by Domonique Weston
If you are a writer, the first thing you have to accept is that it happens to everyone—the moments when we stare blankly at empty word documents, the times when our heads are filled with clouds instead of ideas. These times cause us to wonder if we’re cutout to be writers. In the heat of all our writing classes, we learn how to write better stories, but how we should approach the writing process often goes unspoken.
However, this semester my three courses with Professor Peter Telep (Advanced Fiction and Script Writing, along with Writing for Video Games) has taught me that bettering ourselves as writers is much more important than bettering the stories we write. Professor Telep, writer of over 50 books and multiple television scripts and a UCF professor of 17 years, agreed to share his experiences with learning how to get past some of the most crippling writing pitfalls—motivation, time management, and the unforgiving abyss of a creative rut.
Because writing demands such an incredible amount of self-motivation and discipline, finding the willpower to write can be daunting. Doubts, criticisms, and rejections litter the writer’s path. However, that’s the sort of negative thinking that Professor Telep warns writers against. He recounted the time one of his stories received its first acceptance:
“When I first began writing short stories and started trying to get them published, I wasn’t aware of the amount of rejections I would get. After you get 20 or 30 rejections (and back in those days, we were licking envelopes and mailing them in), you start to think, ‘Why am I even doing this.’ And then you suddenly get that one acceptance, and all of a sudden, the rejections don’t matter.”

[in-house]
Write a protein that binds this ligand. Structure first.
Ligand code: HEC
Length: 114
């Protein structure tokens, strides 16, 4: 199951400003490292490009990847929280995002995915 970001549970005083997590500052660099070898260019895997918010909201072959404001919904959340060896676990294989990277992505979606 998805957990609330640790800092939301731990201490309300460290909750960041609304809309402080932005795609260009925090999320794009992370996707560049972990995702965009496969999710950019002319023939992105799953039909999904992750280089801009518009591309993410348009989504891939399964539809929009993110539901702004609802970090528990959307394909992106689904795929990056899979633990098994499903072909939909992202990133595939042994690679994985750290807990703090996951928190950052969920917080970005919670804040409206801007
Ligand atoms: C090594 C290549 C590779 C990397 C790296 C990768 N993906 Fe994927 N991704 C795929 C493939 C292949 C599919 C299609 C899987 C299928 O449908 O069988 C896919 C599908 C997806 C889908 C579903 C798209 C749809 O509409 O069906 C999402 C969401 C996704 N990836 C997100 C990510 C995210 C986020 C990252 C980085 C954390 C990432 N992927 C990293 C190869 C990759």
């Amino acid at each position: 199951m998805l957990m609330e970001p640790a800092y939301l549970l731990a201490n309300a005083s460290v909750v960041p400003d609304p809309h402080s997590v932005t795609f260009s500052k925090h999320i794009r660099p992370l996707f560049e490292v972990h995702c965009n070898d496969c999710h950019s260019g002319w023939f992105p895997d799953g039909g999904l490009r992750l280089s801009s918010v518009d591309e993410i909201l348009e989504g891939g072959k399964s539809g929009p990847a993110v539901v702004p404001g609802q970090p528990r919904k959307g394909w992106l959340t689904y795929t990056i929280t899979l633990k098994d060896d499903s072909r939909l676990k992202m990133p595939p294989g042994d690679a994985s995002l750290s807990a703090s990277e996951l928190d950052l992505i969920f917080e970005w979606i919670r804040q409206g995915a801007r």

As writers, our greatest enemies tend to be ourselves. We brew these internal, toxic cesspools whenever we criticize our own work, and it’s draining and demoralizing. You cannot be productive when you expend all your energy putting yourself down. Professor Telep indicated that his best advice in order to stay motivated as a writer came from Joel Rosenberg, author of the Guardians of the Flame series. Rosenberg says, “What do you care how many rejections you get? It’s the hits that matter, not the misses.” Rejection and criticisms will inevitably come; it’s part of the package of being a writer. But, Telep says, “Ignore the rejections and the negativity, and just focus on what your next story will be, because it’ll be a fresh, new idea.”
But, having the motivation and the confidence in your story is only half of the game. The other half is finding the time to write. We are college students. We have classes to take, homework to do, jobs to work and sleep to get. Some days 24 hours doesn’t feel like enough. On top of that, our schedules seem to always be changing, and it’s difficult to stick to a concrete writing schedule.
When asked how he keeps himself writing every day, Professor Telep said, “I plan it out every week and set a number of pages to have by the end of the week. I keep a daily calendar, and at the beginning of the week, I assign myself a number of pages to write each day.”
This advice seemed like such common sense, and yet, it never occurred to me. It’s easy to assign yourself a general number of hours to dedicate to your craft or a word count for each day to force yourself to write. The thought of planning out each week never crossed my mind, and it’s a good way to make sure you’re writing every day, even if you don’t get to complete the same amount each day. Professor Telep said, “I don’t write as much on days I’m teaching, maybe three or five pages. But on days I’m home all day, maybe ten or fifteen.”